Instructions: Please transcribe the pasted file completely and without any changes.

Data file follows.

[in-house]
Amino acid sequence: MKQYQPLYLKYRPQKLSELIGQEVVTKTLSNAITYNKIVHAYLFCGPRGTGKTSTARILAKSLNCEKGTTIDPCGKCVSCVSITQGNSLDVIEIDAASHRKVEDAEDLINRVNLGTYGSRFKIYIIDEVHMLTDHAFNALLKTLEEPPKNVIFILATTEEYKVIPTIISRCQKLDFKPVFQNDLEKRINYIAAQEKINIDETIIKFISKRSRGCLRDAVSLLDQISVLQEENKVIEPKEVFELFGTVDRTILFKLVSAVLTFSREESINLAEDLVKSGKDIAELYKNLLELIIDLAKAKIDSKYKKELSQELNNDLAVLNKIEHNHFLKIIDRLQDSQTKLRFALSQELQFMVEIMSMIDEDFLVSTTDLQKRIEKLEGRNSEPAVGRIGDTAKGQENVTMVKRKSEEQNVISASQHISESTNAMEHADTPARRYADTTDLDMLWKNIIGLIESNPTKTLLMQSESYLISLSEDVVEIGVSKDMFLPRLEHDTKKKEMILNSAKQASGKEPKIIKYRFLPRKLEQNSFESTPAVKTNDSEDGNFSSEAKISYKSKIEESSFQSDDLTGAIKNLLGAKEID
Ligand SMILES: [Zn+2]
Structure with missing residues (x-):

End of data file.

[in-house]
Amino acid sequence: MKQYQPLYLKYRPQKLSELIGQEVVTKTLSNAITYNKIVHAYLFCGPRGTGKTSTARILAKSLNCEKGTTIDPCGKCVSCVSITQGNSLDVIEIDAASHRKVEDAEDLINRVNLGTYGSRFKIYIIDEVHMLTDHAFNALLKTLEEPPKNVIFILATTEEYKVIPTIISRCQKLDFKPVFQNDLEKRINYIAAQEKINIDETIIKFISKRSRGCLRDAVSLLDQISVLQEENKVIEPKEVFELFGTVDRTILFKLVSAVLTFSREESINLAEDLVKSGKDIAELYKNLLELIIDLAKAKIDSKYKKELSQELNNDLAVLNKIEHNHFLKIIDRLQDSQTKLRFALSQELQFMVEIMSMIDEDFLVSTTDLQKRIEKLEGRNSEPAVGRIGDTAKGQENVTMVKRKSEEQNVISASQHISESTNAMEHADTPARRYADTTDLDMLWKNIIGLIESNPTKTLLMQSESYLISLSEDVVEIGVSKDMFLPRLEHDTKKKEMILNSAKQASGKEPKIIKYRFLPRKLEQNSFESTPAVKTNDSEDGNFSSEAKISYKSKIEESSFQSDDLTGAIKNLLGAKEID
Ligand SMILES: [Zn+2]
Structure with missing residues (x-):